Duck Boat capsize near Branson results in 17 deaths

Written by Emily

During an intensely violent storm on Thursday, July 19, 2018, a duck boat capsized on Table Lake near Branson, Missouri. As of early Friday afternoon, 17 people have been pronounced dead. The boat left the dock with 31 people on board, including the captain and a crewmember.Another duck boat was also caught in the storm, however it made it back to shore. Videos taken from passengers on nearby showboats show the doomed duck boat taking on water and slowly sinking due to the high winds and intense, large waves buffeting the vessel.An off-duty police officer, marina workers, and passengers on a nearby showboat – including a member of the Iowa Army National Guard who is an emergency room nurse – leapt into action to rescue and treat the duck boat passengers. Their quick thinking, despite “extremely dangerous conditions,” saved the lives of multiple people.

Duck boat accident survivors and the loved ones of deceased victims can get justice

Survivors of the Branson duck boat accident can get justice, as can the loved ones of the 17 people who lost their lives. You also deserve answers. You can get both, but you must act quickly as time is not on your side. Ripley Entertainment, the owner of the Branson duck boats, will already be taking steps to minimize their responsibility for the disaster. The three steps you need to take include:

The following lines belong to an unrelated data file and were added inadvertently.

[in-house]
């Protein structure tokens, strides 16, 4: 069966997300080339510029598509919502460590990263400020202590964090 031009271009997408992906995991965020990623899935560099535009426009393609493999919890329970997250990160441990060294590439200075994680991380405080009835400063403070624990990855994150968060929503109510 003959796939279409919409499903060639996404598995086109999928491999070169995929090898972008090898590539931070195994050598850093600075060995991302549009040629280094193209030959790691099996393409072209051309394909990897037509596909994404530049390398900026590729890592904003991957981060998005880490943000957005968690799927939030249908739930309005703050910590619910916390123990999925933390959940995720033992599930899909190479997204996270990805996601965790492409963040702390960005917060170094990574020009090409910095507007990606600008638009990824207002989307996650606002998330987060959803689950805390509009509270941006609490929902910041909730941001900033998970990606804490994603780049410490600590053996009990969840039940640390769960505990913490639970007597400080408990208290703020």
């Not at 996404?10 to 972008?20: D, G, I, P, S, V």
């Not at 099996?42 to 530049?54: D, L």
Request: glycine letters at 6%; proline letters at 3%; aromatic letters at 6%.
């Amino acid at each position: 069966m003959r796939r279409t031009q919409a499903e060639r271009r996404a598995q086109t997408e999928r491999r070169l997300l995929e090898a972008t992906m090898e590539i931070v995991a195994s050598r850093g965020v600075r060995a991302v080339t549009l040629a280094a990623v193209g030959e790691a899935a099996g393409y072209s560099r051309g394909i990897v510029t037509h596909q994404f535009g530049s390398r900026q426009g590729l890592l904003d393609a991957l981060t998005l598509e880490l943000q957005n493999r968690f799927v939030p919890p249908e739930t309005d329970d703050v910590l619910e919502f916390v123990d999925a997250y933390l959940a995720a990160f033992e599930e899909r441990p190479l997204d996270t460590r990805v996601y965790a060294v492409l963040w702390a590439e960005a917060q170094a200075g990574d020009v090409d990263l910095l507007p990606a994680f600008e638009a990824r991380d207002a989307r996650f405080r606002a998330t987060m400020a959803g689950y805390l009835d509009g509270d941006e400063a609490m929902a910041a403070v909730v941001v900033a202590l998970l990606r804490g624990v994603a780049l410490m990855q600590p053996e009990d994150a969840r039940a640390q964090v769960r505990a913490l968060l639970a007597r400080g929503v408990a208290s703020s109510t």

1. Consult an attorney right away. While you are recovering from this traumatic event, the company’s lawyers and insurance company are trying to find ways to get out of being held accountable. Investigations by governmental agencies and by the company are already underway. Nobody is working to protect your interests. Nobody is working to prevent this from happening again. That’s where an experienced, Board Certified personal injury trial attorney comes in.